This becomes a highly subjective exercise where chiefly, the client is right.

Here comes the next hurdle: localisation clients rarely have marketing staff in all the countries they market to. So vendors have to come up with processes which ensure that the product delivered meets those sometimes subjective requirements. This in my mind can only be achieved through a durable relationship between the clients and their translators/reviewers. Processes must transcend the limitations of the outsourcing model and recreate the fuzzy feeling of enlightened ownership once only common to the now endangered species of the in-house translator.

Such is the challenge of Transcreation: creative translation requires creative quality management.

References:

(1) Game Localisation: Unleashing Imagination with ‘Restricted’ Translation
Carmen Mangiron and Minako O’Hagan, Dublin City University, Ireland

(2) On the Translation of Video Games
Miguel Bernal Merino, Roehampton University, London

(3) Elena Di Giovanni “Translations, Transcreations and Transrepresentations of India in the Italian Media” (2008), in Klaus Kaindl and Riitta Oittinen (eds), The Verbal, the Visual, the Translator, special issue of META, 53: l. Les Presses de l’Université de Montreal, pp. 26-43.

Author: Nick Peris

Source: http://localizationlocalisation.wordpress.com/ [9 Dec 2009]

20 Nov 2009

The (demanding) Art of Translation 🙂

English – Lingua Franca Nova:

  • The Dairy Association’s huge success with the campaign “Got Milk?” prompted them to expand advertising to Mexico. It was soon brought to their attention that the Spanish translation read “Are you lactating?”
  • In a Zurich hotel: “Because of the impropriety of entertaining guests of the opposite sex in the bedroom, it is suggested that the lobby be used for this purpose.”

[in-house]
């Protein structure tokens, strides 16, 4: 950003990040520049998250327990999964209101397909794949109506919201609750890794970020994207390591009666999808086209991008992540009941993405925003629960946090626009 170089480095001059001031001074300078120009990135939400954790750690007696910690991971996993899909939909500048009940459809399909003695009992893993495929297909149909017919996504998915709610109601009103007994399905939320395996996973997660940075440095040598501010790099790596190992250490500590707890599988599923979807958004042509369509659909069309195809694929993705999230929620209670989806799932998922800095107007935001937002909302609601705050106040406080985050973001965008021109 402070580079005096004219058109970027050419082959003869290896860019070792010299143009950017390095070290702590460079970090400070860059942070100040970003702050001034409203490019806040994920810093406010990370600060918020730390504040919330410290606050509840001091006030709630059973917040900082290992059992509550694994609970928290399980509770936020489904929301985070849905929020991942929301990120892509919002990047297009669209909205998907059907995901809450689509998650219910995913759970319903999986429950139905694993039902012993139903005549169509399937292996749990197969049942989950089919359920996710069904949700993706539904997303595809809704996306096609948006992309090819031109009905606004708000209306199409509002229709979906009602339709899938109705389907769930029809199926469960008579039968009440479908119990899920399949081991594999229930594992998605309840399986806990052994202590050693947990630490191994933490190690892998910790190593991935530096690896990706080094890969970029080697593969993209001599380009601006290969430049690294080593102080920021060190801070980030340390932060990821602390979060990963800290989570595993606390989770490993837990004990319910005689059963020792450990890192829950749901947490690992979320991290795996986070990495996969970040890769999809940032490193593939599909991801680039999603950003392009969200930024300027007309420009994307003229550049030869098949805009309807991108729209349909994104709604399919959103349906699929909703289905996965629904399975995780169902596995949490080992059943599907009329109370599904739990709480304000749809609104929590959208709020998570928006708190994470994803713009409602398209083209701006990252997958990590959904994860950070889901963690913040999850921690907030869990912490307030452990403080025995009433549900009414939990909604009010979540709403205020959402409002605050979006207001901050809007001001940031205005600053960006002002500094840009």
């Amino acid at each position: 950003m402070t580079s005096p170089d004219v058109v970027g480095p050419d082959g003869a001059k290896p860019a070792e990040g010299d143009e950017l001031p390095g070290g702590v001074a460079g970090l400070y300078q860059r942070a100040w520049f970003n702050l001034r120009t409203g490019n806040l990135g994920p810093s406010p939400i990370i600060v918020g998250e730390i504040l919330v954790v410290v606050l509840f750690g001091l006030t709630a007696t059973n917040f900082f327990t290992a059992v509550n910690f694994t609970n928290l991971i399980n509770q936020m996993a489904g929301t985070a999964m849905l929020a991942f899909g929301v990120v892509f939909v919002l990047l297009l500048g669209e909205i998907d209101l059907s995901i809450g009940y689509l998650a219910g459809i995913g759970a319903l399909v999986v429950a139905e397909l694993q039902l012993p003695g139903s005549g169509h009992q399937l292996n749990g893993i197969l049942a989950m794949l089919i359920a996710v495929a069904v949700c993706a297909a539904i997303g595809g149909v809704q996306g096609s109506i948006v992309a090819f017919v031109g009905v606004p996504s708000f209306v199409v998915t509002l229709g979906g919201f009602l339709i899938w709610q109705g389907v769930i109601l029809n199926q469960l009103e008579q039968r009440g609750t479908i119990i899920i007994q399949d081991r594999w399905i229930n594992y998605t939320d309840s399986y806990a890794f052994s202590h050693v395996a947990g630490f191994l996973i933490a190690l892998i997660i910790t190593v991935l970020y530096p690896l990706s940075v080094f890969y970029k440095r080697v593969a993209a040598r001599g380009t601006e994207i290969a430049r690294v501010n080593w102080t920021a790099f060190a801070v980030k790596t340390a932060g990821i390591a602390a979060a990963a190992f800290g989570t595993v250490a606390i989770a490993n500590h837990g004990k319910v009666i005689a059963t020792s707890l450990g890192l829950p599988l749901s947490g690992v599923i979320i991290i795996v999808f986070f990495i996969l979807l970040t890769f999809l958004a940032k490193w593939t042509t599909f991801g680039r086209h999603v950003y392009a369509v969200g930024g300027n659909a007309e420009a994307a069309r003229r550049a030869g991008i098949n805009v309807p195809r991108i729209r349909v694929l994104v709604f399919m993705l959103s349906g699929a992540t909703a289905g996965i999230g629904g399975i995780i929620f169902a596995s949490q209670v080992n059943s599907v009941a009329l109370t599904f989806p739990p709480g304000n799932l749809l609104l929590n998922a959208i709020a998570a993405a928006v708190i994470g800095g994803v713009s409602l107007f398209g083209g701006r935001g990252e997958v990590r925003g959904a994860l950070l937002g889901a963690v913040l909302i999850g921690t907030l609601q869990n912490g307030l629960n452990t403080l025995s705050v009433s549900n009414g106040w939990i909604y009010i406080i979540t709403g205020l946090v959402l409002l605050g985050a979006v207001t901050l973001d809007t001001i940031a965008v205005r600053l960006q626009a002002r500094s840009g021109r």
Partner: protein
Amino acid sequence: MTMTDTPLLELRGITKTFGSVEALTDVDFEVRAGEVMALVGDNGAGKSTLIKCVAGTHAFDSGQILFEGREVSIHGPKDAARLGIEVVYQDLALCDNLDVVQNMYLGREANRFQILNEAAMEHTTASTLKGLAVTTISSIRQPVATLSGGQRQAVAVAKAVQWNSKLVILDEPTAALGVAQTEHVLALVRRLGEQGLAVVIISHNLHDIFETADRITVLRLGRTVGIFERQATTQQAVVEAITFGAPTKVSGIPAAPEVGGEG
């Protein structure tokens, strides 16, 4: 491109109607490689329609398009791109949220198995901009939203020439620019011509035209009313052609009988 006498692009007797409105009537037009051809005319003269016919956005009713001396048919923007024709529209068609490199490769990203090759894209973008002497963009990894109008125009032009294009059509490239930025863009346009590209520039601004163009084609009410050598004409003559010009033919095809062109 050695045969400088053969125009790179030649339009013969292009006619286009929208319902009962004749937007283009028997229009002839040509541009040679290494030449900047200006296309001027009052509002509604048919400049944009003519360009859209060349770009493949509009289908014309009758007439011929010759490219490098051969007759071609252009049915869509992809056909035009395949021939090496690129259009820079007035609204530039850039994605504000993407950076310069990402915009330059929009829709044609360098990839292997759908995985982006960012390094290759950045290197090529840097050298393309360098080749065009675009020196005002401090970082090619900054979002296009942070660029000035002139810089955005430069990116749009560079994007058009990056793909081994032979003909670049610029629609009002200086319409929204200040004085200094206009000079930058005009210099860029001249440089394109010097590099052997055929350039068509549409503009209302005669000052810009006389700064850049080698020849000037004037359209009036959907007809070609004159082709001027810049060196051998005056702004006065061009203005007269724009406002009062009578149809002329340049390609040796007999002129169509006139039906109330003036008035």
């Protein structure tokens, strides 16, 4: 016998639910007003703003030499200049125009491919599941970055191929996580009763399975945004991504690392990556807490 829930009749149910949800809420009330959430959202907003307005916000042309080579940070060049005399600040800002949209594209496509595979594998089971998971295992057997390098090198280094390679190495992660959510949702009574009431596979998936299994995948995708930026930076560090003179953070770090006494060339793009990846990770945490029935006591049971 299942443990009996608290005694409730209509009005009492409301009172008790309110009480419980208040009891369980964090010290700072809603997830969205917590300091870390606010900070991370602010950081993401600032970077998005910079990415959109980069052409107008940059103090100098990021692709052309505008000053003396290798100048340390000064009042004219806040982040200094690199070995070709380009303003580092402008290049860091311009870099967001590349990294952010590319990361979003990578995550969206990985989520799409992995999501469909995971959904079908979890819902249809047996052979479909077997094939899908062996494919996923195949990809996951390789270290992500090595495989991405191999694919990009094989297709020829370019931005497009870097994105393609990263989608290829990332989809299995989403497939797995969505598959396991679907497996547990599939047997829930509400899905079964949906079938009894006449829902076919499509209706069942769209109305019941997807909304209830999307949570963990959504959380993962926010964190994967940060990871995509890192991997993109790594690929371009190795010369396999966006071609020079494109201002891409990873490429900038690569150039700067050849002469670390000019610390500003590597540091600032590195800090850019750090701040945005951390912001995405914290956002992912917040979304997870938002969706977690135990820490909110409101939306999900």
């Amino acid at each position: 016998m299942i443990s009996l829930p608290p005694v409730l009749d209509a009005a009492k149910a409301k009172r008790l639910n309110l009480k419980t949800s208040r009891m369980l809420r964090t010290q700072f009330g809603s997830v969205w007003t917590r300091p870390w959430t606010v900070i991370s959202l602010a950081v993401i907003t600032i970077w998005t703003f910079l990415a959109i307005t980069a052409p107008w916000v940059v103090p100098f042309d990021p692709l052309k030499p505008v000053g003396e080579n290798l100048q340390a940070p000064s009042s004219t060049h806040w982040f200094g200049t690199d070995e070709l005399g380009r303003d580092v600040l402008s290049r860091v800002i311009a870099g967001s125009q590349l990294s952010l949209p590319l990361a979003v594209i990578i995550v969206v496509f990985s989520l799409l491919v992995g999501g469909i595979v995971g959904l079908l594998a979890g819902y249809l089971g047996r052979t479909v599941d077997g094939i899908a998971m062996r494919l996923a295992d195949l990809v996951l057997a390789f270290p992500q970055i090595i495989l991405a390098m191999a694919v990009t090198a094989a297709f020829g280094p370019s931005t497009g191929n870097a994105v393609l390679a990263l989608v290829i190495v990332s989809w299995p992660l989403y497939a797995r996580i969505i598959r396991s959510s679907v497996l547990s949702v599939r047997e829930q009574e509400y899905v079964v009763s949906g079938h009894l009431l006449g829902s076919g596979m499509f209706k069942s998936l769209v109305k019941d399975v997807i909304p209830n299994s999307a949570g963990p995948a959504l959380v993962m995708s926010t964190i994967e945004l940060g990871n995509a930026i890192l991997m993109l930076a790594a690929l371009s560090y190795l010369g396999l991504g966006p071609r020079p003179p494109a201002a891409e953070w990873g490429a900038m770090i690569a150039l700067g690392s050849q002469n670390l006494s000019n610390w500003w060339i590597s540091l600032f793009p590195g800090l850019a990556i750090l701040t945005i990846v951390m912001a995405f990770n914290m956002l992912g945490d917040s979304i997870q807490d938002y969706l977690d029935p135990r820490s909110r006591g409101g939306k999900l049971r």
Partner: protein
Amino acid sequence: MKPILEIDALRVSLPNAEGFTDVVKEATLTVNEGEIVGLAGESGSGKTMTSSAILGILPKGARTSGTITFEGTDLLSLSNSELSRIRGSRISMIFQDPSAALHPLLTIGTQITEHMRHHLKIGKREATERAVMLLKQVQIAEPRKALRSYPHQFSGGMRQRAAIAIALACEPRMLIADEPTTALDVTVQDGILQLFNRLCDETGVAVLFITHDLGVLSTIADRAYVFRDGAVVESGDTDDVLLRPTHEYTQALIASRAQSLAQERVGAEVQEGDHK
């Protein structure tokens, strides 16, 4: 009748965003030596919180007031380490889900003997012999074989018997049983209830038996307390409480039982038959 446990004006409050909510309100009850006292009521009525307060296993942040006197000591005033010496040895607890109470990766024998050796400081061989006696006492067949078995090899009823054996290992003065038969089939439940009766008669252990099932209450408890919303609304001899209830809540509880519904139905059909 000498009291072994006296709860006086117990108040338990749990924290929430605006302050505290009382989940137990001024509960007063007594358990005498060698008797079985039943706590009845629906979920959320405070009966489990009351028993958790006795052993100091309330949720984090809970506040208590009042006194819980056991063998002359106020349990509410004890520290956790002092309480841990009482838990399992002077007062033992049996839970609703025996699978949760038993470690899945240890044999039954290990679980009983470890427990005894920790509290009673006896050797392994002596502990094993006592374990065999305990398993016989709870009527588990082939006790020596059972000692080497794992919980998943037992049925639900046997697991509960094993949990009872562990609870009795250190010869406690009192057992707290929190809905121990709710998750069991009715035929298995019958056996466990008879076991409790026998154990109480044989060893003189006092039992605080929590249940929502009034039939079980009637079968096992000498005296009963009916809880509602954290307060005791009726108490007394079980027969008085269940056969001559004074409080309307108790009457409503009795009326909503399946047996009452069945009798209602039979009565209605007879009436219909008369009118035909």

• In an East African newspaper: “A new swimming pool is rapidly taking shape since the contractors have thrown in the bulk of their workers.”
  • In a Czechoslovakian tourist agency: “Take one of our horse-driven city tours — we guarantee no miscarriages.”
  • On the box of a clockwork toy made in Hong Kong: “Guaranteed to work throughout its useful life.”
  • In a Paris hotel elevator: “Please leave your values at the front desk.”
  • Coors put its slogan: “Turn It Loose” into Spanish, where it was read as “Suffer From Diarrhea.”
  • Scandinavian vacuum manufacturer Electrolux used the following in an American campaign: “Nothing sucks like an Electrolux.”
  • In a Tokyo bar: “Special today for the ladies with nuts.”
  • In a Bucharest hotel lobby: “The lift is being fixed for the next day.  During that time we regret that you will be unbearable”.
  • In a Leipzig elevator: “Do not enter lift backwards, and only when lit up.”
  • Clairol introduced the “Mist Stick,” a curling iron, into Germany only to find out that “mist” is slang for manure. Not too many people had use for the “Manure Stick.”
  • In a Rhodes tailor shop: “Order your summers suit. Because is big rush we will execute customers in strict rotation.”
  • In a Tokyo Hotel: “Is forbidden to steal hotel towels please.  If you are not a person to do such a thing is please not to read notis.”
  • Advertisement for donkey rides in Thailand: “Would you like to ride your own ass?”
  • In a Rome laundry: “Ladies, leave your clothes here and spend the afternoon having a good time.”
  • In a Hong Kong supermarket: “For your convenience, we recommend courageous, efficient self-service.”
  • A hotel notice in Madrid: “If You Wish Disinfection Enacted In Your Presence, Please Cry Out For The Chambermaid.”
  • In a Belgrade hotel elevator: “To move the cabin, push button for wishing floor.  If the cabin should enter more persons, each one should press a number of wishing floor.  Driving is then going alphabetically by national order.”
  • In a hotel in Athens: “Visitors are expected to complain at the office between the hours of 9 and 11 A.M. daily.”
  • An American T-shirt maker in Miami printed shirts for the Spanish market which promoted the Pope’s visit. Instead of “I saw the Pope” (el Papa), the shirts read “I Saw the Potato” (la papa).